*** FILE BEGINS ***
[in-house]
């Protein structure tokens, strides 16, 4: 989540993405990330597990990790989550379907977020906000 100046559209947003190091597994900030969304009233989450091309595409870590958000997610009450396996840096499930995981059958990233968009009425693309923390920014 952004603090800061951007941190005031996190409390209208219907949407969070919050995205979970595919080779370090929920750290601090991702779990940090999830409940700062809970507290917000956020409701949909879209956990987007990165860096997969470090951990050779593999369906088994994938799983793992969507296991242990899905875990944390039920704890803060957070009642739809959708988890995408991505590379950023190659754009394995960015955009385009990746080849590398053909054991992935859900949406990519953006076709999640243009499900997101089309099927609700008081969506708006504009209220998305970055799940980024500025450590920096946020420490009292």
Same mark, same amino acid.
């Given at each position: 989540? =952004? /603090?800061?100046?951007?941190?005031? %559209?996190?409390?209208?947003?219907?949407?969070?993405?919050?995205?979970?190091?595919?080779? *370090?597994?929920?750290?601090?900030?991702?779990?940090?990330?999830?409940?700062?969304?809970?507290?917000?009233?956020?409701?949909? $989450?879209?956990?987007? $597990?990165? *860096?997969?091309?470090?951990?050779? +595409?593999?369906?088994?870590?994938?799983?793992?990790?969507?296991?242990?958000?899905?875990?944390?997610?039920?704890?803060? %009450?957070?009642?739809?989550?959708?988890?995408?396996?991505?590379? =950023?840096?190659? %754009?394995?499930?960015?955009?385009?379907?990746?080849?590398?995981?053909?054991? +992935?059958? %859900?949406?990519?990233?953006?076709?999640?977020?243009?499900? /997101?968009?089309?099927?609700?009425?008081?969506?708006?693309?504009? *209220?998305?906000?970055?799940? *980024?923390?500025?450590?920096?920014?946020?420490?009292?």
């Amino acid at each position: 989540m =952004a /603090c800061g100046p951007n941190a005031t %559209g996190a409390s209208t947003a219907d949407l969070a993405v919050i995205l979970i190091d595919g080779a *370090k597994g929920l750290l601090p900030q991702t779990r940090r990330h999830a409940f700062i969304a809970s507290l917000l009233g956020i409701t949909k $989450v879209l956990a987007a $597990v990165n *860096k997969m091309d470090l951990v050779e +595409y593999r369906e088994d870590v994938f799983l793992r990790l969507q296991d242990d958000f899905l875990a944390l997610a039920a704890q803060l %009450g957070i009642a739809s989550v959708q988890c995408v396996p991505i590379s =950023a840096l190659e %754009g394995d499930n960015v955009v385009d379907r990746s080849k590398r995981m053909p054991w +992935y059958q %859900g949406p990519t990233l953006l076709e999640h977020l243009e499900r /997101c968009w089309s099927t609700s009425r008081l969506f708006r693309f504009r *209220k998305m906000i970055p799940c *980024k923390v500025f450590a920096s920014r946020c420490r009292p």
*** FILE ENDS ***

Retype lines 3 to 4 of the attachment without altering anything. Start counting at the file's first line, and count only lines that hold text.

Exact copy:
Same mark, same amino acid.
């Given at each position: 989540? =952004? /603090?800061?100046?951007?941190?005031? %559209?996190?409390?209208?947003?219907?949407?969070?993405?919050?995205?979970?190091?595919?080779? *370090?597994?929920?750290?601090?900030?991702?779990?940090?990330?999830?409940?700062?969304?809970?507290?917000?009233?956020?409701?949909? $989450?879209?956990?987007? $597990?990165? *860096?997969?091309?470090?951990?050779? +595409?593999?369906?088994?870590?994938?799983?793992?990790?969507?296991?242990?958000?899905?875990?944390?997610?039920?704890?803060? %009450?957070?009642?739809?989550?959708?988890?995408?396996?991505?590379? =950023?840096?190659? %754009?394995?499930?960015?955009?385009?379907?990746?080849?590398?995981?053909?054991? +992935?059958? %859900?949406?990519?990233?953006?076709?999640?977020?243009?499900? /997101?968009?089309?099927?609700?009425?008081?969506?708006?693309?504009? *209220?998305?906000?970055?799940? *980024?923390?500025?450590?920096?920014?946020?420490?009292?």